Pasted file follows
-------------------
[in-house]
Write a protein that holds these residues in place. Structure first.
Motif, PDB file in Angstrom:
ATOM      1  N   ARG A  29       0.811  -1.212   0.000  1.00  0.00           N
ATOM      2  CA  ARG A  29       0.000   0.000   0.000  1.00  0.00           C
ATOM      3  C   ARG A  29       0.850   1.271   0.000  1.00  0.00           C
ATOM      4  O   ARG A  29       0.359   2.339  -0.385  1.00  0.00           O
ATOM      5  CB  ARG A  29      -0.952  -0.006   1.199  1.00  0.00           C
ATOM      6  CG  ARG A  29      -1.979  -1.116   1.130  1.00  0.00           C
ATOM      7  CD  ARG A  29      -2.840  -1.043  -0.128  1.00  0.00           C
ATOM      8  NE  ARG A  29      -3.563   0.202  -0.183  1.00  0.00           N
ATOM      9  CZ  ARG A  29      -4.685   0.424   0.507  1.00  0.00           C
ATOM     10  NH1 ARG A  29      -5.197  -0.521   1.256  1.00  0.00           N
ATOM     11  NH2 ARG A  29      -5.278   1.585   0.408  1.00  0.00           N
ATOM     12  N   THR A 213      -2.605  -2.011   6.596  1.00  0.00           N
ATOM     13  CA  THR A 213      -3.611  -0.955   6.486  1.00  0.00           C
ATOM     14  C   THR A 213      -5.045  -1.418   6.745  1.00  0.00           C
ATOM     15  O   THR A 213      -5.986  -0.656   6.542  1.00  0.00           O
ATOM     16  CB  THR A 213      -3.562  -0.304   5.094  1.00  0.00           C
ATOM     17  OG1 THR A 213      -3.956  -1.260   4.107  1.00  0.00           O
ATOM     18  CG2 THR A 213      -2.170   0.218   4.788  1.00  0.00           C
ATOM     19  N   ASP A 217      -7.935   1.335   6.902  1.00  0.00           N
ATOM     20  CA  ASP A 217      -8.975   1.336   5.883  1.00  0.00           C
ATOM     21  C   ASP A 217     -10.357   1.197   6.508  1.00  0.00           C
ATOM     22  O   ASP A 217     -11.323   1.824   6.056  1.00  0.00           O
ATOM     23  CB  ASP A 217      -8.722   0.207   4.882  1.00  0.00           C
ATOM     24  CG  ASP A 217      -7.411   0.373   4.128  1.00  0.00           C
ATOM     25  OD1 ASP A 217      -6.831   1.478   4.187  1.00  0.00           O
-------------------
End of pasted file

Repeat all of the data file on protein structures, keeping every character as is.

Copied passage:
[in-house]
Write a protein that holds these residues in place. Structure first.
Motif, PDB file in Angstrom:
ATOM      1  N   ARG A  29       0.811  -1.212   0.000  1.00  0.00           N
ATOM      2  CA  ARG A  29       0.000   0.000   0.000  1.00  0.00           C
ATOM      3  C   ARG A  29       0.850   1.271   0.000  1.00  0.00           C
ATOM      4  O   ARG A  29       0.359   2.339  -0.385  1.00  0.00           O
ATOM      5  CB  ARG A  29      -0.952  -0.006   1.199  1.00  0.00           C
ATOM      6  CG  ARG A  29      -1.979  -1.116   1.130  1.00  0.00           C
ATOM      7  CD  ARG A  29      -2.840  -1.043  -0.128  1.00  0.00           C
ATOM      8  NE  ARG A  29      -3.563   0.202  -0.183  1.00  0.00           N
ATOM      9  CZ  ARG A  29      -4.685   0.424   0.507  1.00  0.00           C
ATOM     10  NH1 ARG A  29      -5.197  -0.521   1.256  1.00  0.00           N
ATOM     11  NH2 ARG A  29      -5.278   1.585   0.408  1.00  0.00           N
ATOM     12  N   THR A 213      -2.605  -2.011   6.596  1.00  0.00           N
ATOM     13  CA  THR A 213      -3.611  -0.955   6.486  1.00  0.00           C
ATOM     14  C   THR A 213      -5.045  -1.418   6.745  1.00  0.00           C
ATOM     15  O   THR A 213      -5.986  -0.656   6.542  1.00  0.00           O
ATOM     16  CB  THR A 213      -3.562  -0.304   5.094  1.00  0.00           C
ATOM     17  OG1 THR A 213      -3.956  -1.260   4.107  1.00  0.00           O
ATOM     18  CG2 THR A 213      -2.170   0.218   4.788  1.00  0.00           C
ATOM     19  N   ASP A 217      -7.935   1.335   6.902  1.00  0.00           N
ATOM     20  CA  ASP A 217      -8.975   1.336   5.883  1.00  0.00           C
ATOM     21  C   ASP A 217     -10.357   1.197   6.508  1.00  0.00           C
ATOM     22  O   ASP A 217     -11.323   1.824   6.056  1.00  0.00           O
ATOM     23  CB  ASP A 217      -8.722   0.207   4.882  1.00  0.00           C
ATOM     24  CG  ASP A 217      -7.411   0.373   4.128  1.00  0.00           C
ATOM     25  OD1 ASP A 217      -6.831   1.478   4.187  1.00  0.00           O